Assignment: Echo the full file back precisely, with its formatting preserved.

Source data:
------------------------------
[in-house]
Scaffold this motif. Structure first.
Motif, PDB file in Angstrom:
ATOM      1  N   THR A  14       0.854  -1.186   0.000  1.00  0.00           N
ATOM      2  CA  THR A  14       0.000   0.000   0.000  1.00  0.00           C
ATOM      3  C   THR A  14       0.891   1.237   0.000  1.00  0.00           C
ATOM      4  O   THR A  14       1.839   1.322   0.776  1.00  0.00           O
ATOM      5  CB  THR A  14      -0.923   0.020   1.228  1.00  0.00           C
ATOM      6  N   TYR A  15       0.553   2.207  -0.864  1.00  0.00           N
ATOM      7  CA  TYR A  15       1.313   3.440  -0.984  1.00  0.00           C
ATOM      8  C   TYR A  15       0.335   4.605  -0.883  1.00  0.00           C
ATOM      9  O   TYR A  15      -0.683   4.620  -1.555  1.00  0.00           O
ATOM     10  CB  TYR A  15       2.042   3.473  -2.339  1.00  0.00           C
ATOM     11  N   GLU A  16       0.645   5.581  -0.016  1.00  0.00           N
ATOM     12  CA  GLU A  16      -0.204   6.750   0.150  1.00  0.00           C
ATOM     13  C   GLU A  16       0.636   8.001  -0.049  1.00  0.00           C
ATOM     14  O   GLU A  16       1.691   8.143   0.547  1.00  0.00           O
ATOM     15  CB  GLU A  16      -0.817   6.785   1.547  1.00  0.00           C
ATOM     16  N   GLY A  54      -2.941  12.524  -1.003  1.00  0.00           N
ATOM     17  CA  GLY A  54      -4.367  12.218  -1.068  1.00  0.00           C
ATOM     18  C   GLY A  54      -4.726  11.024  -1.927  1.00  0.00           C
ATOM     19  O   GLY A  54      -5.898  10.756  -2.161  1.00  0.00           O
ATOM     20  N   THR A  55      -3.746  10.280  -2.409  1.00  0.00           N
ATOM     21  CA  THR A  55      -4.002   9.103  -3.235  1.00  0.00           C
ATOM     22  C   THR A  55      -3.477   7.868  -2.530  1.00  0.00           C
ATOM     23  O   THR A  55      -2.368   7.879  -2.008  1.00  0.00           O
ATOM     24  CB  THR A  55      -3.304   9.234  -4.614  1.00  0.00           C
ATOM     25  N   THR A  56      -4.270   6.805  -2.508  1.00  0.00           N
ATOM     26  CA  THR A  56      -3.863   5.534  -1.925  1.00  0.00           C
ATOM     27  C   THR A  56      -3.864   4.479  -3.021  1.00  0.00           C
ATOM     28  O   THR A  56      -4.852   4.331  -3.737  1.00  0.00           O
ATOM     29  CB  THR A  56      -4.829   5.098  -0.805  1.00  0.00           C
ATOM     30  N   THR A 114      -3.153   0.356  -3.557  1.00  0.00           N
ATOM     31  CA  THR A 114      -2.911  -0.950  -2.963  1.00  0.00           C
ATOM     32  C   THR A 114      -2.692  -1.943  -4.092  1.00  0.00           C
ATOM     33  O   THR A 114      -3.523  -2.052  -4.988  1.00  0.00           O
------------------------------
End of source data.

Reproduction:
[in-house]
Scaffold this motif. Structure first.
Motif, PDB file in Angstrom:
ATOM      1  N   THR A  14       0.854  -1.186   0.000  1.00  0.00           N
ATOM      2  CA  THR A  14       0.000   0.000   0.000  1.00  0.00           C
ATOM      3  C   THR A  14       0.891   1.237   0.000  1.00  0.00           C
ATOM      4  O   THR A  14       1.839   1.322   0.776  1.00  0.00           O
ATOM      5  CB  THR A  14      -0.923   0.020   1.228  1.00  0.00           C
ATOM      6  N   TYR A  15       0.553   2.207  -0.864  1.00  0.00           N
ATOM      7  CA  TYR A  15       1.313   3.440  -0.984  1.00  0.00           C
ATOM      8  C   TYR A  15       0.335   4.605  -0.883  1.00  0.00           C
ATOM      9  O   TYR A  15      -0.683   4.620  -1.555  1.00  0.00           O
ATOM     10  CB  TYR A  15       2.042   3.473  -2.339  1.00  0.00           C
ATOM     11  N   GLU A  16       0.645   5.581  -0.016  1.00  0.00           N
ATOM     12  CA  GLU A  16      -0.204   6.750   0.150  1.00  0.00           C
ATOM     13  C   GLU A  16       0.636   8.001  -0.049  1.00  0.00           C
ATOM     14  O   GLU A  16       1.691   8.143   0.547  1.00  0.00           O
ATOM     15  CB  GLU A  16      -0.817   6.785   1.547  1.00  0.00           C
ATOM     16  N   GLY A  54      -2.941  12.524  -1.003  1.00  0.00           N
ATOM     17  CA  GLY A  54      -4.367  12.218  -1.068  1.00  0.00           C
ATOM     18  C   GLY A  54      -4.726  11.024  -1.927  1.00  0.00           C
ATOM     19  O   GLY A  54      -5.898  10.756  -2.161  1.00  0.00           O
ATOM     20  N   THR A  55      -3.746  10.280  -2.409  1.00  0.00           N
ATOM     21  CA  THR A  55      -4.002   9.103  -3.235  1.00  0.00           C
ATOM     22  C   THR A  55      -3.477   7.868  -2.530  1.00  0.00           C
ATOM     23  O   THR A  55      -2.368   7.879  -2.008  1.00  0.00           O
ATOM     24  CB  THR A  55      -3.304   9.234  -4.614  1.00  0.00           C
ATOM     25  N   THR A  56      -4.270   6.805  -2.508  1.00  0.00           N
ATOM     26  CA  THR A  56      -3.863   5.534  -1.925  1.00  0.00           C
ATOM     27  C   THR A  56      -3.864   4.479  -3.021  1.00  0.00           C
ATOM     28  O   THR A  56      -4.852   4.331  -3.737  1.00  0.00           O
ATOM     29  CB  THR A  56      -4.829   5.098  -0.805  1.00  0.00           C
ATOM     30  N   THR A 114      -3.153   0.356  -3.557  1.00  0.00           N
ATOM     31  CA  THR A 114      -2.911  -0.950  -2.963  1.00  0.00           C
ATOM     32  C   THR A 114      -2.692  -1.943  -4.092  1.00  0.00           C
ATOM     33  O   THR A 114      -3.523  -2.052  -4.988  1.00  0.00           O